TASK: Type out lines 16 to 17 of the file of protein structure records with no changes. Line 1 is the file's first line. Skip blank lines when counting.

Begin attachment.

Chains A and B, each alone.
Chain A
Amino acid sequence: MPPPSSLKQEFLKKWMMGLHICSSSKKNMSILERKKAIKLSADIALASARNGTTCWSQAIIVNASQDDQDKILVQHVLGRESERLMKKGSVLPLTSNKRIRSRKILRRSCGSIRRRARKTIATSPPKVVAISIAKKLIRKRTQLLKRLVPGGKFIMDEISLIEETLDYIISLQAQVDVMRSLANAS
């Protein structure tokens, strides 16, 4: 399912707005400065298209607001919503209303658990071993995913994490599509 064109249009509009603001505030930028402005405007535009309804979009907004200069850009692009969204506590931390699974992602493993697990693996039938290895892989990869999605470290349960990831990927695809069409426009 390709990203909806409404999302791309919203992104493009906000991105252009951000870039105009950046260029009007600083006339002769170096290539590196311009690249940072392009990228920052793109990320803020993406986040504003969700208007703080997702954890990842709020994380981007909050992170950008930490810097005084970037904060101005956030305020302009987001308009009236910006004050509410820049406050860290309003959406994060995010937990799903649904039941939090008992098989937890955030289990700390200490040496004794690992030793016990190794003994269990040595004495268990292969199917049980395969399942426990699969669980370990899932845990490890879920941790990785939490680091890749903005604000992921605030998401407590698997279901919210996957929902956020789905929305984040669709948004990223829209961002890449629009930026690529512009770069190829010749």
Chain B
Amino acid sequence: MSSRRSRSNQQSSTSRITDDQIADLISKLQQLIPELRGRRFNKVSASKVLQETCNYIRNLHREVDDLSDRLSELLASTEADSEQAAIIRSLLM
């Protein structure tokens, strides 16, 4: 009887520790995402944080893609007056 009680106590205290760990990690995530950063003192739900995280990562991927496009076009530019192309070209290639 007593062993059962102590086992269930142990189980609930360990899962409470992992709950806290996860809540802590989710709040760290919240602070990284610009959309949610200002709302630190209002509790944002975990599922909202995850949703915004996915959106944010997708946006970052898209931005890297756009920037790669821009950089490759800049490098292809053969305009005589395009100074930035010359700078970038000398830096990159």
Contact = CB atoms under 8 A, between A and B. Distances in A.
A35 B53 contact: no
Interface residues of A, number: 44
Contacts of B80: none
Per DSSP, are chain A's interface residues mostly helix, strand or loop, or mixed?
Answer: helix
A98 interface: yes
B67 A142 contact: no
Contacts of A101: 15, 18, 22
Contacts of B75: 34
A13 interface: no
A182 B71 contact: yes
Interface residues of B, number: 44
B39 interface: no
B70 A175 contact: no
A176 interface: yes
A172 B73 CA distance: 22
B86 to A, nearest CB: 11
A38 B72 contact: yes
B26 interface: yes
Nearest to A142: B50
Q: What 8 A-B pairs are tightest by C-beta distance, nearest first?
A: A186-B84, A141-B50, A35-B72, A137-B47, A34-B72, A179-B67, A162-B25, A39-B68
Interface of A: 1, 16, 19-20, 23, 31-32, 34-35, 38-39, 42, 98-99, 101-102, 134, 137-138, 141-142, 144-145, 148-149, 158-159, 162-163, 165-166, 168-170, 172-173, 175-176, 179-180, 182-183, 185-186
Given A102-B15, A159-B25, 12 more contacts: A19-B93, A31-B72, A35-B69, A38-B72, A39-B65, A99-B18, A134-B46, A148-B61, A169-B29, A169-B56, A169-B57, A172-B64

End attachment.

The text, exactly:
Contacts of A101: 15, 18, 22
Contacts of B75: 34